Jaringan Islam Liberal: Background & Activities
Jaringan Islam Liberal (JIL) is a loose forum for discussing and disseminating the concept of Islamic liberalism in Indonesia. One raison detre of its establishment is to counter the growing influence and activism of militant and radical Islam in Indonesia. The "official" description of JIL is "a community which is studying and bringing forth a discourse on Islamic vision that is tolerant, open and supportive for the strengthening of Indonesian democratization." It was started from several meetings and discussions among young Muslim intellectuals in ISAI (Institut Studi Arus Informasi/Institute for the Study of the Flow of Information), Jakarta, and then extended through discussion using a mailing list, firstname.lastname@example.org in early 2001. The founders held the first discussion on February 21, 2001, in Teater Utan Kayu, Jakarta, on Akar-Akar Liberalisme Islam: Pengalaman Timur Tengah [The Roots of Islamic Liberalism: The Middle East Experience], presented by a young progressive scholar, Luthfie Assyaukanie. That meeting was followed by other discussions, either in the form of face-to-face meetings or through the mailing list. Since mid 2001, the "official" name of Jaringan Islam Liberal has been used on their website, http://www.islamlib.com/page.php, which displays their activities, articles, discussions, and relevant sources for the dissemination of liberal Islam. Their place of meeting and secretariat is in Teater Utan Kayu, Jakarta, a complex owned by Goenawan Mohamad, a leading journalist and author, and used for arts performances and by non-governmental organizations.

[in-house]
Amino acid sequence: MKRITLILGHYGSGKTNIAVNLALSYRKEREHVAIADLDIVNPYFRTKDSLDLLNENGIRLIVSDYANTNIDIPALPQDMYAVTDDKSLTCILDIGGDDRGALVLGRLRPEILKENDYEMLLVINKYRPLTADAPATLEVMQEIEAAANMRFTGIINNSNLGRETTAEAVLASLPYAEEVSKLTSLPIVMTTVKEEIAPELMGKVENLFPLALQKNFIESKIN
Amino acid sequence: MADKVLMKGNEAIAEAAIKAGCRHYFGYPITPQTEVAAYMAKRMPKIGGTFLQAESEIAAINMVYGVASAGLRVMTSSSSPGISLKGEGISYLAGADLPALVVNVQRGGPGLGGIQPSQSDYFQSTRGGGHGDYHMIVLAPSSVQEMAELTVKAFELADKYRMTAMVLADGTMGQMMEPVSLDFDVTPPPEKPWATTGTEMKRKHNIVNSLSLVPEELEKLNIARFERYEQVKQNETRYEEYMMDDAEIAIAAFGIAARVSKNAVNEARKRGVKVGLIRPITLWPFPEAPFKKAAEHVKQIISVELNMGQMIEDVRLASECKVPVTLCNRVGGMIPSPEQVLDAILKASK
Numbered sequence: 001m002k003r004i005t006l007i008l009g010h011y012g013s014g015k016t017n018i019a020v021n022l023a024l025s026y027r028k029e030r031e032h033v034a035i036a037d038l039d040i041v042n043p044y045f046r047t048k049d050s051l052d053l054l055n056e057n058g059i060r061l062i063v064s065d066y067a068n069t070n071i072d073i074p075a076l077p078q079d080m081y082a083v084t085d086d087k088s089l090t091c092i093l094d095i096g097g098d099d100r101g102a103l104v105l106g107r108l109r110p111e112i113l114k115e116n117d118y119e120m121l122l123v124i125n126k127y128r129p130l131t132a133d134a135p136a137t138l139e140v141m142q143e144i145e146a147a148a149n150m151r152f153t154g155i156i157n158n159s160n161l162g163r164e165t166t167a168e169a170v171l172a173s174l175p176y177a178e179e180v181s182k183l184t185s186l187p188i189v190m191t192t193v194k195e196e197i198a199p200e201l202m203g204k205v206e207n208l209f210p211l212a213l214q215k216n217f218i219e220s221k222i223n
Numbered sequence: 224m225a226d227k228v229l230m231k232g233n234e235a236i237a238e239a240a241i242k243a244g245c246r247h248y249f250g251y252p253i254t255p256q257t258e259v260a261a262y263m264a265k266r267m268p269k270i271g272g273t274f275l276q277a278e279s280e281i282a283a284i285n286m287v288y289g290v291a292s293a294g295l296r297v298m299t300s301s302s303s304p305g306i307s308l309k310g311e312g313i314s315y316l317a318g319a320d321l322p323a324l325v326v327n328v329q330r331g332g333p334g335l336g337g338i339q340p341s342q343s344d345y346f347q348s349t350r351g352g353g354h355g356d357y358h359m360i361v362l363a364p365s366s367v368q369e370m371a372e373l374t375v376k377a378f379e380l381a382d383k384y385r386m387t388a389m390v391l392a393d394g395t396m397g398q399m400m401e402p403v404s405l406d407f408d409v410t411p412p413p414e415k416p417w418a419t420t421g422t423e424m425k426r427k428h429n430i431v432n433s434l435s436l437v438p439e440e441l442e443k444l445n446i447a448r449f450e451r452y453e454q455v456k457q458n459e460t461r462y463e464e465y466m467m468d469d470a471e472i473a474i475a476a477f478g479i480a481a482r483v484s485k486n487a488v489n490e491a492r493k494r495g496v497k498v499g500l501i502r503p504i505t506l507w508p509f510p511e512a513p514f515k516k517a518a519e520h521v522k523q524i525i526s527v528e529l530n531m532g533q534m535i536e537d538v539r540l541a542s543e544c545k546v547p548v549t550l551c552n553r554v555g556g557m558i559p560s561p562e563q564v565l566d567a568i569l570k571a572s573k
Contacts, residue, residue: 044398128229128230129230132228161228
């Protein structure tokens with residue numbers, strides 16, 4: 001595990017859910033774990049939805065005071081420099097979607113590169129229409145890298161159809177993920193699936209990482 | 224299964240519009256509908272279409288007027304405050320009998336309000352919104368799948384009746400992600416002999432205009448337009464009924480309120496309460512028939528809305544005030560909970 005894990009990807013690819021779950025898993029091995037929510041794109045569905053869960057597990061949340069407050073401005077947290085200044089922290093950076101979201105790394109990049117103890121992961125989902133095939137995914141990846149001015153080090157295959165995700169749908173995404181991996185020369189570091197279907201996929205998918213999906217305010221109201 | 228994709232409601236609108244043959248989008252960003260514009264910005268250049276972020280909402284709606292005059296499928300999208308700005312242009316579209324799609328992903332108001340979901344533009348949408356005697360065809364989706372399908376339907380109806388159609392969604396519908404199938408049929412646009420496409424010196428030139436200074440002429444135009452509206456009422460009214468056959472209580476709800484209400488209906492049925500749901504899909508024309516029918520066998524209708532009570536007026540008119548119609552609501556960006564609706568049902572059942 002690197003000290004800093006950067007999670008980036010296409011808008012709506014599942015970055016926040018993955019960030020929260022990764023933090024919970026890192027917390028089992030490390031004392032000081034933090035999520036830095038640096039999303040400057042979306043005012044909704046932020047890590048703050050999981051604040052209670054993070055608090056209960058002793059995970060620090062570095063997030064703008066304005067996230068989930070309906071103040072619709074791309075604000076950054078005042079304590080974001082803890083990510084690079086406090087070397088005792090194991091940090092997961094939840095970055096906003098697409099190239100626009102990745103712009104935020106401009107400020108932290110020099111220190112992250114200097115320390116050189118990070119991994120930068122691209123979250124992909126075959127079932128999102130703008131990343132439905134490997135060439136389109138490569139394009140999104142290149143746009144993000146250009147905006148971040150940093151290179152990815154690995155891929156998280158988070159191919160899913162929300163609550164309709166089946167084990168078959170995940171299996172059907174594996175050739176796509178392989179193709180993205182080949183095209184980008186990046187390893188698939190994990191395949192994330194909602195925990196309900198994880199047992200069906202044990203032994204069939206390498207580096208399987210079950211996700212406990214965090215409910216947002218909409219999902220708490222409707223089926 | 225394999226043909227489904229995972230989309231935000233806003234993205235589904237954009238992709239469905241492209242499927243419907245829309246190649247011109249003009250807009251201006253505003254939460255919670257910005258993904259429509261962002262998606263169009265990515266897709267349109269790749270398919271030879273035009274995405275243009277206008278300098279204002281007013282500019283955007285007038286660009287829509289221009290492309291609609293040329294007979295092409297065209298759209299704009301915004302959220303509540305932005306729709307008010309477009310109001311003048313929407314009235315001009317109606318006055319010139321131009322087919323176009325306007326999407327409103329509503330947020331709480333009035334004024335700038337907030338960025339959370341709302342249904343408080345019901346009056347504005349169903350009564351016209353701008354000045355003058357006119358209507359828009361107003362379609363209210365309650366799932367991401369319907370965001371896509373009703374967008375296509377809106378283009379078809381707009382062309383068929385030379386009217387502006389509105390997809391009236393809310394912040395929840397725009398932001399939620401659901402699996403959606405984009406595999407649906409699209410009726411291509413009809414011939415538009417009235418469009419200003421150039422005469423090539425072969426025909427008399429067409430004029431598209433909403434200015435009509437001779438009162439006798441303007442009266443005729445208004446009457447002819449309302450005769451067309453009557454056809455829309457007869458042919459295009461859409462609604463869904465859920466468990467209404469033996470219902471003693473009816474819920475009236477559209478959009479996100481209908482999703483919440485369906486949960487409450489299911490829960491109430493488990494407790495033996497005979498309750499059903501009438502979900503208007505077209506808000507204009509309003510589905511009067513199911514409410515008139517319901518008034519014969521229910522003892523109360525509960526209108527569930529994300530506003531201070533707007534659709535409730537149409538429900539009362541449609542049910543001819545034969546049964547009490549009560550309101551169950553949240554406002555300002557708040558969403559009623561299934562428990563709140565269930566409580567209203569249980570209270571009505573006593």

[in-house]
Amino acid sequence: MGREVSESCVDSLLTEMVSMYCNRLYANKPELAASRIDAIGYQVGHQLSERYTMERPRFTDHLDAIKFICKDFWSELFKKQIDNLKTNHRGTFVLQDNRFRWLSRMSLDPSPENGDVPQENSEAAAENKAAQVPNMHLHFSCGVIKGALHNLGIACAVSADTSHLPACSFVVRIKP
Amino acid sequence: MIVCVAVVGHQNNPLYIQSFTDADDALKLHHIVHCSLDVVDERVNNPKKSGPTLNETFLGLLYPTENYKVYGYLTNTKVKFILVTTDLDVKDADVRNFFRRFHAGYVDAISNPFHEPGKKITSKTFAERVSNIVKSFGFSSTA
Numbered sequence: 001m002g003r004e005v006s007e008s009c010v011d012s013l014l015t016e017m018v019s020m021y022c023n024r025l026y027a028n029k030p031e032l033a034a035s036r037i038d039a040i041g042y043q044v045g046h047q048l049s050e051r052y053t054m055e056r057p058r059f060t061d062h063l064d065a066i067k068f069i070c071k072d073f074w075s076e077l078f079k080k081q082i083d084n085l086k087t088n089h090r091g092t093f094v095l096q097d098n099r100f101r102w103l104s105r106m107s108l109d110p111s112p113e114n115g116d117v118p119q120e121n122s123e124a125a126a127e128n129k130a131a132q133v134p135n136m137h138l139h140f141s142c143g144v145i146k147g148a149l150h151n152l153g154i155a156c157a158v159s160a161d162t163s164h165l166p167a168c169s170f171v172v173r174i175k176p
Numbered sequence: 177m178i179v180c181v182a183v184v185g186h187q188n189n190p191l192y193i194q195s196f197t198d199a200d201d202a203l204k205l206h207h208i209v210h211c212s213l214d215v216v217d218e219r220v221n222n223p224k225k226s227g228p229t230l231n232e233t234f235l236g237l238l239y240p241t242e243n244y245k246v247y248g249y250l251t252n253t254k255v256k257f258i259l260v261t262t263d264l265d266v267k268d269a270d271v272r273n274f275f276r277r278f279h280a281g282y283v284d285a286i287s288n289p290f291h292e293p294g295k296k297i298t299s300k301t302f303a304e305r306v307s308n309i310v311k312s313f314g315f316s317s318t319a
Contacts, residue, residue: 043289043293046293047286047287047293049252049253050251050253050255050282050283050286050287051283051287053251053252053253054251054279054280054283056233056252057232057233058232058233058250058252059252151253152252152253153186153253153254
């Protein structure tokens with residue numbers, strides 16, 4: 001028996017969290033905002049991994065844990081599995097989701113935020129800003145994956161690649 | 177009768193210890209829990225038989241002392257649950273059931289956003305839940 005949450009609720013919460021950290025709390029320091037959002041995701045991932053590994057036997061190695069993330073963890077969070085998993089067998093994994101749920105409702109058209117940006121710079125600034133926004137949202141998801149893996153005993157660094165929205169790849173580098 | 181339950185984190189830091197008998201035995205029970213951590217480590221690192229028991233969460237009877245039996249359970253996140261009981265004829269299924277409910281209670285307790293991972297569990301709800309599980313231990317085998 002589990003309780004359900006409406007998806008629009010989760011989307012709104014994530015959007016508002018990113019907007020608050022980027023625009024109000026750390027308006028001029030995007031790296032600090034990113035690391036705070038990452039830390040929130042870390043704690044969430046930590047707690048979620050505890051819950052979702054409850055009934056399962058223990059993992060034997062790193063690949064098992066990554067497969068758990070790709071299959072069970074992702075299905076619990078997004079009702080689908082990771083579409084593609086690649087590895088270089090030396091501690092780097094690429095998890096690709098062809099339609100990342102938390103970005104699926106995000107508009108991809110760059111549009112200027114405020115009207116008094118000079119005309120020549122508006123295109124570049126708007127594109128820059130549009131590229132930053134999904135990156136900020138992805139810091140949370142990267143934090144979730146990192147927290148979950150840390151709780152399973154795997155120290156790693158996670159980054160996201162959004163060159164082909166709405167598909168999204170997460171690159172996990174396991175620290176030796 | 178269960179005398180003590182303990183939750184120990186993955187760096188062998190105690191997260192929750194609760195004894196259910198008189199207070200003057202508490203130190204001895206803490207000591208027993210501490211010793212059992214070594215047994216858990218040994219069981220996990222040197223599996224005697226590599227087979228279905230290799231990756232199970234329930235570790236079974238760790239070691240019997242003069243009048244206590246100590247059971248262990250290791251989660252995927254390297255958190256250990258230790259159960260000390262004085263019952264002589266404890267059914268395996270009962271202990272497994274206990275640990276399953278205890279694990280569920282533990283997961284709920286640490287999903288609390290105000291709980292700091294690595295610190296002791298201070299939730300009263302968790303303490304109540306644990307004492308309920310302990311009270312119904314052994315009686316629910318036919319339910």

Participants in the early process of the establishment of JIL are diverse in their background. Most of them are middle class, young intellectuals, but there are also politicians and prominent authors. Several key figures in the early phase included Ahmad Sahal, Budhy Munawar-Rachman, Goenawan Mohamad, Hamid Basyaib, Luthfie Assyaukanie, Rizal Mallarangeng, Denny J. A., Ihsan Ali-Fauzi, A.E. Priyono, Samsurizal Panggabean, Ulil Abshar Abdalla, Saiful Mujani and Hadimulyo. Other important figures who became source persons in the establishment of JIL included more senior Islamic scholars such as Nurcholish Madjid, Azyumardi Azra and Komaruddin Hidayat. Assyaukanie is the first coordinator of JIL who arranged discussions and maintained offline and online discussions through a mailing list. Since its first meeting, the participants and those who are interested in joining JIL are increasing. As an open forum without rigid organization, JIL does not have a membership system. Therefore, there is no data on the number of members. The current coordinator of JIL is Ulil Abshar Abdalla, the head of NUs human resources think-tank, Lakpesdam-NU.
In the process of the establishment of JIL, support from Goenawan Mohamad, a distinguished author and publisher, was very significant. He not only provided a meeting place, secretarial support and temporary funding through ISAI, but his involvement also attracted the interest of many young intellectuals from his circle at Tempo weekly magazine and the Korantempo daily newspaper as well as ISAI. He is also a relatively neutral figure for either modernist or traditionalist Islam in Indonesia.